By Rob Paddock
Rob_PaddockIf you live in a sectional title scheme, you can give yourself a pat on the back. By choosing to live at a higher density, nine times out of ten you waste far less water per person than your average home in the suburbs. Why? Because suburban gardens consume as much as 40% to 60% of all the water used in a home. This is treated, drinkable water that costs ratepayers money to purify. We need to think carefully about using it to water the garden.

Owners with gardens (or the scheme’s communal garden maintenance staff) can be more efficient by watering during the coolest part of the day, using a drip irrigation system, composting regularly and adding mulch to the garden beds. Where a hosepipe is used to water a garden, a controlling device, such as a sprayer, should be attached to the hose end.Some indigenous plants do not require watering at all, except during the plant’s establishment. The more “water wise” owners make their gardens from the start, the easier and cheaper it will be to keep them beautiful in the long run. Chat to your local nursery salesperson to find out which plants in your area are the most water wise.

If your scheme has a lawn, it is advisable to replace the more common Kikuyu grass with the drought-resistant Buffalo grass. This grass requires half the amount of water and is very low maintenance. The lawns at Kirstenbosch Gardens in Cape Town (which consist of indigenous grass species) are only watered once a week at night for three months of the year, in summer. Otherwise, these lawns rely on rain to survive and they manage exceptionally well.

The other big waster – toilets

The amount of water used by your toilet can easily be reduced with good maintenance and simple water-saving initiatives. Older toilet cisterns with a siphon flushing system hold between 9 litres and 12 litres of water. Modern toilet cisterns hold about 6 litres of water. Converting your toilet to a multi-flush (which flushes for as long as the handle is held down) or dual-flush system (long and short flush) can result in savings of up to 20% on your water bill. You can also reduce your cistern volume by placing a bottle or bag that displaces water into your cistern.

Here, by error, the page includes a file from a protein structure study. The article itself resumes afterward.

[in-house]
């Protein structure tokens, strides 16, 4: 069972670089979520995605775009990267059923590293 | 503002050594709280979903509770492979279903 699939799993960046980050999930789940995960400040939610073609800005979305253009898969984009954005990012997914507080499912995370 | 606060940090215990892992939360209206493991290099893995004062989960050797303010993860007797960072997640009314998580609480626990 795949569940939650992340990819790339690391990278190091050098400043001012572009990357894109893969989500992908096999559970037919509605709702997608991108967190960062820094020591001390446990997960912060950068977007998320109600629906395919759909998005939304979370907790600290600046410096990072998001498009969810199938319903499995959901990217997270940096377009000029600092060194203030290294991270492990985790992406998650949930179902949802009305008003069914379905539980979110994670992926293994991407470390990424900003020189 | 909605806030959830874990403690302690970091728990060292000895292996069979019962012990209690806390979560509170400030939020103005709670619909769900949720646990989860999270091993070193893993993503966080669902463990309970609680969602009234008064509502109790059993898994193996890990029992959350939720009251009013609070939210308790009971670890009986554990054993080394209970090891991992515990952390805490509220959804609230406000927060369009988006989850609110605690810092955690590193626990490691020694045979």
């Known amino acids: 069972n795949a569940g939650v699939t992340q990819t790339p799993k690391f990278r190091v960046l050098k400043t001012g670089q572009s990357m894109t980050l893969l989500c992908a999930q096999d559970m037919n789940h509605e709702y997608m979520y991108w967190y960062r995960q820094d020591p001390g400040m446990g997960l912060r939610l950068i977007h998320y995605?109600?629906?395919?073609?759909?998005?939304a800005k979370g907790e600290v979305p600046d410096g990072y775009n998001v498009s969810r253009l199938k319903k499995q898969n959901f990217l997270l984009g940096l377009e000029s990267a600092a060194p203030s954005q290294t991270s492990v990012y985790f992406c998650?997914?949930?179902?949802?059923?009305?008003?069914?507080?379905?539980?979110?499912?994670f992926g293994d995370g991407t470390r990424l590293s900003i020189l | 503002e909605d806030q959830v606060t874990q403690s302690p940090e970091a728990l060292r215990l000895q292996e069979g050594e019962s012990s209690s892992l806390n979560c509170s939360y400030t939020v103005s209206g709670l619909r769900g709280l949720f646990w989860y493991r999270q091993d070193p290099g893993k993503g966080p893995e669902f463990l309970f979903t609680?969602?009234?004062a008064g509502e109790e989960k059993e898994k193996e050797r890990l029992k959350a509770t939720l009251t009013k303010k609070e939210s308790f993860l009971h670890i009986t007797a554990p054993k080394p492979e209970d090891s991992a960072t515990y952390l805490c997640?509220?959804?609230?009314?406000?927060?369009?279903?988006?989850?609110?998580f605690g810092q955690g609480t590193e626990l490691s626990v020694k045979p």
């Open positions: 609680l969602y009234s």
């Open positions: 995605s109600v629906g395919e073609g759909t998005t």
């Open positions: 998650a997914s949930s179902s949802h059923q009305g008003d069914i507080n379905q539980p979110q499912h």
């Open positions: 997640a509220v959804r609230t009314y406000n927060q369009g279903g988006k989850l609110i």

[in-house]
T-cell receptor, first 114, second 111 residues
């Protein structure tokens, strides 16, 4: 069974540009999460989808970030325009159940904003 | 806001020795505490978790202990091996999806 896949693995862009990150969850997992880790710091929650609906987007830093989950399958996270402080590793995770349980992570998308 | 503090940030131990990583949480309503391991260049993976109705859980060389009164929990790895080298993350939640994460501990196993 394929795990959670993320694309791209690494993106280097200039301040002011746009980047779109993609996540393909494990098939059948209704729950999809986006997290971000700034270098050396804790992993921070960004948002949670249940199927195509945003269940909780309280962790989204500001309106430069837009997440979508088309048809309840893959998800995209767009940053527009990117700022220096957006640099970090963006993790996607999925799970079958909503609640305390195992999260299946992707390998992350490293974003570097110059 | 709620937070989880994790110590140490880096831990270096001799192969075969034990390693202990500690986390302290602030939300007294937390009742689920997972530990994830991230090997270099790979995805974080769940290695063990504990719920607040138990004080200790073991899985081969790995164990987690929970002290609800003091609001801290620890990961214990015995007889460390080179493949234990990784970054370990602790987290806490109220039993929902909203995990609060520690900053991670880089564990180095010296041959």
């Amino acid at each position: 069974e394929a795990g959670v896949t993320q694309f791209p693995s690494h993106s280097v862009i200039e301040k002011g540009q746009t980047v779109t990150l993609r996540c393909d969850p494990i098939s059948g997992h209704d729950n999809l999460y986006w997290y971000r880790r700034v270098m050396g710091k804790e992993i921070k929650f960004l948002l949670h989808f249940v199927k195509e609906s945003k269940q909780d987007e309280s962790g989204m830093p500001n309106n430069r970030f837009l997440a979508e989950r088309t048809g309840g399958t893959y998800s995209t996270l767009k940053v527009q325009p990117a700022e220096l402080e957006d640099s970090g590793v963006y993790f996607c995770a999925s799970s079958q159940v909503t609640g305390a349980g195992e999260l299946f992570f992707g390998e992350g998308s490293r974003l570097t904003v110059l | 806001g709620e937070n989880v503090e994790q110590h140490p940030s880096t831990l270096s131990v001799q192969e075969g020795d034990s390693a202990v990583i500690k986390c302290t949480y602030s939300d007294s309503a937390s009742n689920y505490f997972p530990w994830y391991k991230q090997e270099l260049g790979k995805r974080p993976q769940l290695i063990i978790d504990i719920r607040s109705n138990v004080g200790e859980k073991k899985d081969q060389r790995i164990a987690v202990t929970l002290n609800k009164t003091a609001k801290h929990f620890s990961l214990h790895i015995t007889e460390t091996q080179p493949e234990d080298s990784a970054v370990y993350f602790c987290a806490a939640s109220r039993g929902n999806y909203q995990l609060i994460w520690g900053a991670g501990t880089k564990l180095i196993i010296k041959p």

Dual flush: To install a dual-flush system, a new dual-flush toilet cistern must be installed. This costs about R1500 for the entire system. Dual flush systems require higher levels of maintenance than the multi-flush system.

Multi flush (interruptible flush): This is a simple system that lets you control the flush volume. As soon as you let go of the toilet handle, it will stop flushing. This can save you more than 50% of your flushing volume. An existing toilet can be retrofitted with a multi-flush system. The approximate cost is between R60 and R450.

Testing for toilet leaks

A leaking toilet can waste up to 100 000 litres of water in one year. These leaks raise your water consumption, waste a huge amount of water and end up pushing you into a higher water tariff bracket.

Here are three simple tests to help you find out if your toilet is leaking. Be sure to wait 20 minutes before you do these tests if you have just flushed the toilet.

  1. Listen for water trickling into the toilet bowl.
  2. Press a piece of toilet paper against the inside back surface of the bowl. If it gets wet, you probably have a leak.
  3. Put 15 drops of food colouring into the toilet cistern. If the water in the toilet bowl colours after 15 minutes, there is a leak.

If any of these three tests are positive, it is advisable to contact a qualified plumber to inspect your cistern further and take the appropriate steps to fix the leak.

Article reference: Volume 5, Issue 4, Page 4

This article is published under the Creative Commons Attribution license.